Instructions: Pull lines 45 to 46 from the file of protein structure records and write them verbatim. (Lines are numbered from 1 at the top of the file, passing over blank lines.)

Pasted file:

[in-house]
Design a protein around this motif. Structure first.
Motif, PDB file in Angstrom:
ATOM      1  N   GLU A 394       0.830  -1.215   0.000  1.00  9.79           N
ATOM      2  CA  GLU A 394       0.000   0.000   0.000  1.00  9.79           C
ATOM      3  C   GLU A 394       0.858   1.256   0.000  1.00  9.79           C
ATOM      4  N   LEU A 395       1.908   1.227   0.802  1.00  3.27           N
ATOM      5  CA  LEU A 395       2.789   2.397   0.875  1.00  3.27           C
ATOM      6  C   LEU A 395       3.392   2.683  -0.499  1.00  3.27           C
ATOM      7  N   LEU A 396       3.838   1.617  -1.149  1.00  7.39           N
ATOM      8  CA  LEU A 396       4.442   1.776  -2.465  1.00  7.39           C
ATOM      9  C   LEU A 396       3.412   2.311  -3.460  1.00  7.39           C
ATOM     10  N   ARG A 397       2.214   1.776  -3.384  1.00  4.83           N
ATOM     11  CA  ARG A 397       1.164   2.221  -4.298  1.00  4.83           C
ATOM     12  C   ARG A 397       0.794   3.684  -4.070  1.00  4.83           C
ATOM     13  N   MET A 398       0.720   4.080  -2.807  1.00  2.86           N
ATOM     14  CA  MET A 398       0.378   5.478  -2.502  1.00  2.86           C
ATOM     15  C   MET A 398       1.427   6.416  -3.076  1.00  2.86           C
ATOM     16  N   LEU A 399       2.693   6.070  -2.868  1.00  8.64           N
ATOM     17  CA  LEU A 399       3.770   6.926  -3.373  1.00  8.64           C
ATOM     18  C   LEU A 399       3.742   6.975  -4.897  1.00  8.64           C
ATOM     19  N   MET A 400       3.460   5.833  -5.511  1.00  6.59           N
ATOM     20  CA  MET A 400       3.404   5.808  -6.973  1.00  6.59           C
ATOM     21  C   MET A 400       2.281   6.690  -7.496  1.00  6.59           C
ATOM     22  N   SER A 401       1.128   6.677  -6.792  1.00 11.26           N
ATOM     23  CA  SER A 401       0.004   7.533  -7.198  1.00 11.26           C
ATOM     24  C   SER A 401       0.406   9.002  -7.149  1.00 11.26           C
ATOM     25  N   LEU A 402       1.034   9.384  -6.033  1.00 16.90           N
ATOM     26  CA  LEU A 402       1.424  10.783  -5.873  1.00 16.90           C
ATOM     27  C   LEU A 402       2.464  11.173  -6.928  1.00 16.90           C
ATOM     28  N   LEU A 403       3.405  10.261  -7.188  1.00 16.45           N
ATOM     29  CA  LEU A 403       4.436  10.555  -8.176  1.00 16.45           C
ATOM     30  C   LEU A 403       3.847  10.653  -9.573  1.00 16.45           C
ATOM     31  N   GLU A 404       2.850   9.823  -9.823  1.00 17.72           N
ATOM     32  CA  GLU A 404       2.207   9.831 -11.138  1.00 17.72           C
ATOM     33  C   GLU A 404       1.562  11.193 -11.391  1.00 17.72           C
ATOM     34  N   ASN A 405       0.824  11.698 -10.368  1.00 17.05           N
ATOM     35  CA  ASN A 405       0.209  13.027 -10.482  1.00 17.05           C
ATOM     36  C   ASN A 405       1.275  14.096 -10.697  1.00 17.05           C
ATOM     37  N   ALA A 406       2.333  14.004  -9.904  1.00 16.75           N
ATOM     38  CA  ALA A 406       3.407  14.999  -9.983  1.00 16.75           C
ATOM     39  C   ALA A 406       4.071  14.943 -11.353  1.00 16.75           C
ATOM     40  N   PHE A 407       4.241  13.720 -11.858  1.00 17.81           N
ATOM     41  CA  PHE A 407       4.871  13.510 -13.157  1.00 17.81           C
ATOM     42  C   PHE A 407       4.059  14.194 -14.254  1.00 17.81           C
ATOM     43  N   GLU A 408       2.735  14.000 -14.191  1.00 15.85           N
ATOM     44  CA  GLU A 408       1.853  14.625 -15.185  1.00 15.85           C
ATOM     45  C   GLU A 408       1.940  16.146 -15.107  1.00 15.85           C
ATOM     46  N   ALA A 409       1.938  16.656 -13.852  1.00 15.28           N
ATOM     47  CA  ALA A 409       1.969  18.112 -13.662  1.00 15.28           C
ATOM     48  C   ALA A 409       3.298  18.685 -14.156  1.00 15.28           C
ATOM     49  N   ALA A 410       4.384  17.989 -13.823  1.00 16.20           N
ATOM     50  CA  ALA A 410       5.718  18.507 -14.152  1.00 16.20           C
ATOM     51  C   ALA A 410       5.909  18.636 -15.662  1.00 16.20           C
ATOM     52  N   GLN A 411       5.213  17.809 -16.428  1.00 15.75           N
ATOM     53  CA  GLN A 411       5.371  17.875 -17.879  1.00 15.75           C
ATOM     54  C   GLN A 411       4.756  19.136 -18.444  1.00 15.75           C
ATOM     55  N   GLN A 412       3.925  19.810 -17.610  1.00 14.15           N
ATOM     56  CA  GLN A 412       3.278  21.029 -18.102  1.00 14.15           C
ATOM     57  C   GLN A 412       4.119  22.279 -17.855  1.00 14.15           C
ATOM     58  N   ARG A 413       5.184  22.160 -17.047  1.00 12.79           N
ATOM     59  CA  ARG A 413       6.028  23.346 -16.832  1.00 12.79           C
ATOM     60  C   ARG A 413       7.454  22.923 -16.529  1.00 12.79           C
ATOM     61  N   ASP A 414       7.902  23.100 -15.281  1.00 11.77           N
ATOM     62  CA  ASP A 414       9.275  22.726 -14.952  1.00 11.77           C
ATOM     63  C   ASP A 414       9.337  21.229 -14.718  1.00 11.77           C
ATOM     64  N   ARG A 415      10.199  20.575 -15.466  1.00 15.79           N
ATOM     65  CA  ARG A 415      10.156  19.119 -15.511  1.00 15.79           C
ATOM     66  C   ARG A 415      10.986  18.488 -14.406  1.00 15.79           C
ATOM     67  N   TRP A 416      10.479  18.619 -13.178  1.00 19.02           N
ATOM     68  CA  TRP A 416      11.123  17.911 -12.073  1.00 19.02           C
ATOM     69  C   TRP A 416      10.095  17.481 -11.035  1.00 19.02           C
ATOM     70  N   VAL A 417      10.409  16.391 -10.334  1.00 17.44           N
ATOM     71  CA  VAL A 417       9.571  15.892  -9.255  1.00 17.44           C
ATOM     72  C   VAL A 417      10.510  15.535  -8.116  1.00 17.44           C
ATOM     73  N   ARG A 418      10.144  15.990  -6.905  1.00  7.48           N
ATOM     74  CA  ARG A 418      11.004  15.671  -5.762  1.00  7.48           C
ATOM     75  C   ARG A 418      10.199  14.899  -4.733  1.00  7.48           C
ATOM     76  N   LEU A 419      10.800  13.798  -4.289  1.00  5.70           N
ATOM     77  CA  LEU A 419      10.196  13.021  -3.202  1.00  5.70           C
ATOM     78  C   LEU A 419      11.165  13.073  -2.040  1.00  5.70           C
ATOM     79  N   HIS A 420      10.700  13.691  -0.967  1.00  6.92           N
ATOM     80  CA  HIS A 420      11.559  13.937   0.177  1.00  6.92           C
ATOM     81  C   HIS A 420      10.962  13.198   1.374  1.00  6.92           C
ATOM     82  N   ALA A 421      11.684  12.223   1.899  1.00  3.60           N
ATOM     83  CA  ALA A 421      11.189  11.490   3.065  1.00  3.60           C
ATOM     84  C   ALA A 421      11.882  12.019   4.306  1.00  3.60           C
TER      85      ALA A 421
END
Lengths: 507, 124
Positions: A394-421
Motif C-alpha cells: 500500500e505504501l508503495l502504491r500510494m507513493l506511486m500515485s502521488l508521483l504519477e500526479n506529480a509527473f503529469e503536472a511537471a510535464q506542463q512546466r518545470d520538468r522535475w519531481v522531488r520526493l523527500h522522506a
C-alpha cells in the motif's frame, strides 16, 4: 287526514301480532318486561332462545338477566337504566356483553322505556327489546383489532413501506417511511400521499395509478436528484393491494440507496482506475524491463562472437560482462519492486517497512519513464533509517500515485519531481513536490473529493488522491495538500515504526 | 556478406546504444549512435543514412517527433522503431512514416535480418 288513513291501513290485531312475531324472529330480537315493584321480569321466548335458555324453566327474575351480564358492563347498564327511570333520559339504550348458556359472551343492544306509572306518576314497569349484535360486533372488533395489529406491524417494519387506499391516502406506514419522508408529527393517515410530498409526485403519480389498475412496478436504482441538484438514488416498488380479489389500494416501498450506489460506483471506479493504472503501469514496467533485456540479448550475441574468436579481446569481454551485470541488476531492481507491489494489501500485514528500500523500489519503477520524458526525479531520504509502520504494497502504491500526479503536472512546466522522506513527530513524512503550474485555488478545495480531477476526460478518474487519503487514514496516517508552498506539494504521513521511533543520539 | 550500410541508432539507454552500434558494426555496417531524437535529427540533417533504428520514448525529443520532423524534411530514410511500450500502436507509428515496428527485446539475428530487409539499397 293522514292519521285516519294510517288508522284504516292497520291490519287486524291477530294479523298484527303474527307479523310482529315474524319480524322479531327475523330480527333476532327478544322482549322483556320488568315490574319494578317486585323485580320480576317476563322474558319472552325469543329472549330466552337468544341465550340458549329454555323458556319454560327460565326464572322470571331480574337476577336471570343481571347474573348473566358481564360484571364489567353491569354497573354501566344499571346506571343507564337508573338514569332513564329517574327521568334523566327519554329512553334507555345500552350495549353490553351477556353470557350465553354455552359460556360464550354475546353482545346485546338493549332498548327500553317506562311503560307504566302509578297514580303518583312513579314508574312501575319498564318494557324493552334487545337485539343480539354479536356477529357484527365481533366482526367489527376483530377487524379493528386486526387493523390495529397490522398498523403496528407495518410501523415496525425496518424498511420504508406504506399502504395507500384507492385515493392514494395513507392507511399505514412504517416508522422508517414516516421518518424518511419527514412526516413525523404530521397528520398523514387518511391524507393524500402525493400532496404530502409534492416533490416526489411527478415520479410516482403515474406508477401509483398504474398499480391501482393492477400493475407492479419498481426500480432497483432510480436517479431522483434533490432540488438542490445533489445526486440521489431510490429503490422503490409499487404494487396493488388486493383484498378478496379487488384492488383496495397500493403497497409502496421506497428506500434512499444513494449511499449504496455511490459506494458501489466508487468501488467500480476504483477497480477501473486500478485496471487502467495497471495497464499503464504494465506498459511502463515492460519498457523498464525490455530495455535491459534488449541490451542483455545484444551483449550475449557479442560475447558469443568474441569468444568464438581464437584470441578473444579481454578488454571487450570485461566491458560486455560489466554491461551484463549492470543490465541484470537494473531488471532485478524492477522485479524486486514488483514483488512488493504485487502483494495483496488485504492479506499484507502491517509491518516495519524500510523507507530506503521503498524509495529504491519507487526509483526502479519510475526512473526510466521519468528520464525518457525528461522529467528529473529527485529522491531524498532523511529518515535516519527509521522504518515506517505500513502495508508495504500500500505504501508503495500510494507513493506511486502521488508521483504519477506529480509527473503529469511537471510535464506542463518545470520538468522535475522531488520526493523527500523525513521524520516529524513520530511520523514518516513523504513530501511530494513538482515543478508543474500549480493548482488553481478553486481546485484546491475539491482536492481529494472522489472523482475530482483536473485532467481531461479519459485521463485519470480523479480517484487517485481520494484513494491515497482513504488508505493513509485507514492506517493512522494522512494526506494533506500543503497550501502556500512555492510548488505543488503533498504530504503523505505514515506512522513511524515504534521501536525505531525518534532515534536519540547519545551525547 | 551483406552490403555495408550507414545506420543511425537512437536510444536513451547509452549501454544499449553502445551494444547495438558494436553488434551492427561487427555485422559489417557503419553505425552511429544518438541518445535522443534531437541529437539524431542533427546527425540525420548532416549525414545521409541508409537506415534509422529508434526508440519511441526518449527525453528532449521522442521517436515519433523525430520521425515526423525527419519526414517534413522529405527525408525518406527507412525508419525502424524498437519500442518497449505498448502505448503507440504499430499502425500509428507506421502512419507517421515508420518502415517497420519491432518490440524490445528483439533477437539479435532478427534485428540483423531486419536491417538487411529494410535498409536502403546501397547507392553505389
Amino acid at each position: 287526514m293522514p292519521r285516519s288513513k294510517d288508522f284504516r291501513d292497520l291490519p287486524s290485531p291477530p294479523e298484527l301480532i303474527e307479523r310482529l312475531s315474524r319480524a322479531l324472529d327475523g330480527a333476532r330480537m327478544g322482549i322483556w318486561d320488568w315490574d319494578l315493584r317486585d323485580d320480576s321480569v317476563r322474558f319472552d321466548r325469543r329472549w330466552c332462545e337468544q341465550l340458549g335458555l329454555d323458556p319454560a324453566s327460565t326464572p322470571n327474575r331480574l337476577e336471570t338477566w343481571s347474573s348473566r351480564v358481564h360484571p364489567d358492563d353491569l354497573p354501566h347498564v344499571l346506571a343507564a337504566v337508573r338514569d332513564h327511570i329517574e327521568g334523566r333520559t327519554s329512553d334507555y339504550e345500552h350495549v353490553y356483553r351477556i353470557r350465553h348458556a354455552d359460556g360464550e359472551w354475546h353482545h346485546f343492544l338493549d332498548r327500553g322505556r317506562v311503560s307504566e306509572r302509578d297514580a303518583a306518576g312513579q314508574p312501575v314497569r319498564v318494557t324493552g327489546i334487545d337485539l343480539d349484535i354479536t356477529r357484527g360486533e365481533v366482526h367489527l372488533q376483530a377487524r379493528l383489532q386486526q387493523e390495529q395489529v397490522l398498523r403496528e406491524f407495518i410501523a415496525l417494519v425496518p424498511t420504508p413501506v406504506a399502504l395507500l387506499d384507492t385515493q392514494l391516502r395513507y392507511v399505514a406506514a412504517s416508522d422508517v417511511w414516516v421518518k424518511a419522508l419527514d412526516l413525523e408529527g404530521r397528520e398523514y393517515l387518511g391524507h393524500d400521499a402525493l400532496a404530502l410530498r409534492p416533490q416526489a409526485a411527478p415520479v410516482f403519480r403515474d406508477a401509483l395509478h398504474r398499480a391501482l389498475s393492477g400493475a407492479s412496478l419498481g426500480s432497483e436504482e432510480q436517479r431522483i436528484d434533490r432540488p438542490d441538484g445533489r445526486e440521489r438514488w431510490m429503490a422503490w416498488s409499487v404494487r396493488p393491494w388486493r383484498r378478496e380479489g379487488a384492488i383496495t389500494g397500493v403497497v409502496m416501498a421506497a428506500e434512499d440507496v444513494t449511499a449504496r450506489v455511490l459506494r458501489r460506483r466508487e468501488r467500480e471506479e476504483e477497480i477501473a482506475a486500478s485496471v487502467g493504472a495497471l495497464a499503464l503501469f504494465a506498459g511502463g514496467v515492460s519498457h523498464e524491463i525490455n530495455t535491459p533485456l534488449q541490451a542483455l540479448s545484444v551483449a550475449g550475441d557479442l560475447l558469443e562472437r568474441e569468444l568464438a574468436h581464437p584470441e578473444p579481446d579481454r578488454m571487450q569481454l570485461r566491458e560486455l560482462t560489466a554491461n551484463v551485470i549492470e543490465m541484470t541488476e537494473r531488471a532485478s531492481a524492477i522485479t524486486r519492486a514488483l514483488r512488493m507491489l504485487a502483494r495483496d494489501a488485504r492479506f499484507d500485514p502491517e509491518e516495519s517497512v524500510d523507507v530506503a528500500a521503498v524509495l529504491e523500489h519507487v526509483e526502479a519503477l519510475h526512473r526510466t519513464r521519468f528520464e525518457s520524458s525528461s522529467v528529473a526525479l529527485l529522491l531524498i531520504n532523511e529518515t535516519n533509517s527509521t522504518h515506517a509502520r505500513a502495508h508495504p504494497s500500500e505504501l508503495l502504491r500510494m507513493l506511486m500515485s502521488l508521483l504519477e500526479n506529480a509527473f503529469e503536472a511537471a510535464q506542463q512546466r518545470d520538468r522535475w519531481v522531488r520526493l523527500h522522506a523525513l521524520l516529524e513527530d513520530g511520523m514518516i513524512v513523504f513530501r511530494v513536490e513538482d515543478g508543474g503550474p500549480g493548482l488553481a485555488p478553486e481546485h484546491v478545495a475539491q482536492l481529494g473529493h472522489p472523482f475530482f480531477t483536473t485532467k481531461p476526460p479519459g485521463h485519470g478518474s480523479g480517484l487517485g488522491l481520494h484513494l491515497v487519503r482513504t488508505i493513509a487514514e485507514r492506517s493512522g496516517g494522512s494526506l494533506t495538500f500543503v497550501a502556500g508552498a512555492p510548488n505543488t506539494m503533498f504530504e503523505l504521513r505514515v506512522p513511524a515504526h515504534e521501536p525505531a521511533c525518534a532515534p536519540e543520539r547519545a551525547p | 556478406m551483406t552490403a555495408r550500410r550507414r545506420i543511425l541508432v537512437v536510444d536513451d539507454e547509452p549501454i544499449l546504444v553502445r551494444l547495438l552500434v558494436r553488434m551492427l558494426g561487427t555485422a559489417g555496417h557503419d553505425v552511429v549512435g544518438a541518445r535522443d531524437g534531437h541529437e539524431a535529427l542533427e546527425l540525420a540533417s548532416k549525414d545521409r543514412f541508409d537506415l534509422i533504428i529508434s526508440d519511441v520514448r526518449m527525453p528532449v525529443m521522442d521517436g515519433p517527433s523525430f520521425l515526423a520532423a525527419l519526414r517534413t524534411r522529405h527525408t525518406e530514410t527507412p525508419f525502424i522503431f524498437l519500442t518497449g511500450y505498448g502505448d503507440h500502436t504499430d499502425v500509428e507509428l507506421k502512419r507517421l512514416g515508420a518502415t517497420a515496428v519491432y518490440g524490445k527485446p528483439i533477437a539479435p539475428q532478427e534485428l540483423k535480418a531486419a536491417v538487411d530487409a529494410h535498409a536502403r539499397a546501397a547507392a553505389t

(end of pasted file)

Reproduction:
ATOM     42  C   PHE A 407       4.059  14.194 -14.254  1.00 17.81           C
ATOM     43  N   GLU A 408       2.735  14.000 -14.191  1.00 15.85           N